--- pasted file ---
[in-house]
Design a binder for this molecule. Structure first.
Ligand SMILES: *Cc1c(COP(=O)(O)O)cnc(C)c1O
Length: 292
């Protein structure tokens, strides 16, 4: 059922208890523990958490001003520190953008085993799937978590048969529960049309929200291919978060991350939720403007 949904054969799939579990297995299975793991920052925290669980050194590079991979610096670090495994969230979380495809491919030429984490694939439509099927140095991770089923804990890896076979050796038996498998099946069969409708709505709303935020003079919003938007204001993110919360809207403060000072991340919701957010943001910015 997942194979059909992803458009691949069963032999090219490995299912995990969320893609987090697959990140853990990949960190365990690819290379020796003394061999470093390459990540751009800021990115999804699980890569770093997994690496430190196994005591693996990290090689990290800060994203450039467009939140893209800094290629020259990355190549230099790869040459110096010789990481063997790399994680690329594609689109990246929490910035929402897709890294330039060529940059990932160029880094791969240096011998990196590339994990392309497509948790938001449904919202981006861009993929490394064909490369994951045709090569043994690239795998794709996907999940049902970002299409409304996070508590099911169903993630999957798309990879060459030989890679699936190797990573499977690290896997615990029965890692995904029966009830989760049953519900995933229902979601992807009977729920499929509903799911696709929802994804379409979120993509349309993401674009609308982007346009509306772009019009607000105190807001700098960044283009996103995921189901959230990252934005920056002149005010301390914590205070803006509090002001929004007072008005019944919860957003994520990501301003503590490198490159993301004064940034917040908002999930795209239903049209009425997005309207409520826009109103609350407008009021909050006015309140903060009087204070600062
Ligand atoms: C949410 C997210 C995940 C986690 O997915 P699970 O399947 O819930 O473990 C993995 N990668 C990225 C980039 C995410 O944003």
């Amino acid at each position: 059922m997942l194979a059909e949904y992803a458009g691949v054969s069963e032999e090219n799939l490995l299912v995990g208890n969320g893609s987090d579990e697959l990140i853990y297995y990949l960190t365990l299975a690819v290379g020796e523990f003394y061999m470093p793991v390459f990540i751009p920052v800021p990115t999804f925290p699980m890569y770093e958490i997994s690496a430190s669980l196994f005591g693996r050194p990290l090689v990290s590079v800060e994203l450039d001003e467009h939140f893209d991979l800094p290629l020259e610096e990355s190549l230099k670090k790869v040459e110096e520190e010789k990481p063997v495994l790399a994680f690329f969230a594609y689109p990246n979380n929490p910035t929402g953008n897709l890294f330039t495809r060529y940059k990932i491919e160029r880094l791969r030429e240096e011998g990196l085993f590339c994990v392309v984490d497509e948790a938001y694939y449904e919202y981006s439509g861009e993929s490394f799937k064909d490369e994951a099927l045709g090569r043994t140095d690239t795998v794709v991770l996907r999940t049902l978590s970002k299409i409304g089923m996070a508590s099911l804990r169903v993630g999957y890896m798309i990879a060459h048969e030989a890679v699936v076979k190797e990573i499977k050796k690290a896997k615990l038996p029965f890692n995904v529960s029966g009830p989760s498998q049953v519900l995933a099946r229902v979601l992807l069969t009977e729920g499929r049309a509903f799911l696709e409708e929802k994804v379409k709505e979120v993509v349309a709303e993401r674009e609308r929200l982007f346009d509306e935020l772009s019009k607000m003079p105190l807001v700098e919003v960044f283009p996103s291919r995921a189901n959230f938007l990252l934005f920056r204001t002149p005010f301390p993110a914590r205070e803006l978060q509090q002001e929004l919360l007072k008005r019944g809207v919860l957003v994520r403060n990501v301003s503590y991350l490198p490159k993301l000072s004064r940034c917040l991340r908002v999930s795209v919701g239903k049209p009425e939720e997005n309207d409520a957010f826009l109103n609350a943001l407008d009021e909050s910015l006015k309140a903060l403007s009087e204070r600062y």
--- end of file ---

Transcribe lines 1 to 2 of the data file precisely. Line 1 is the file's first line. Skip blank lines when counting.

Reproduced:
[in-house]
Design a binder for this molecule. Structure first.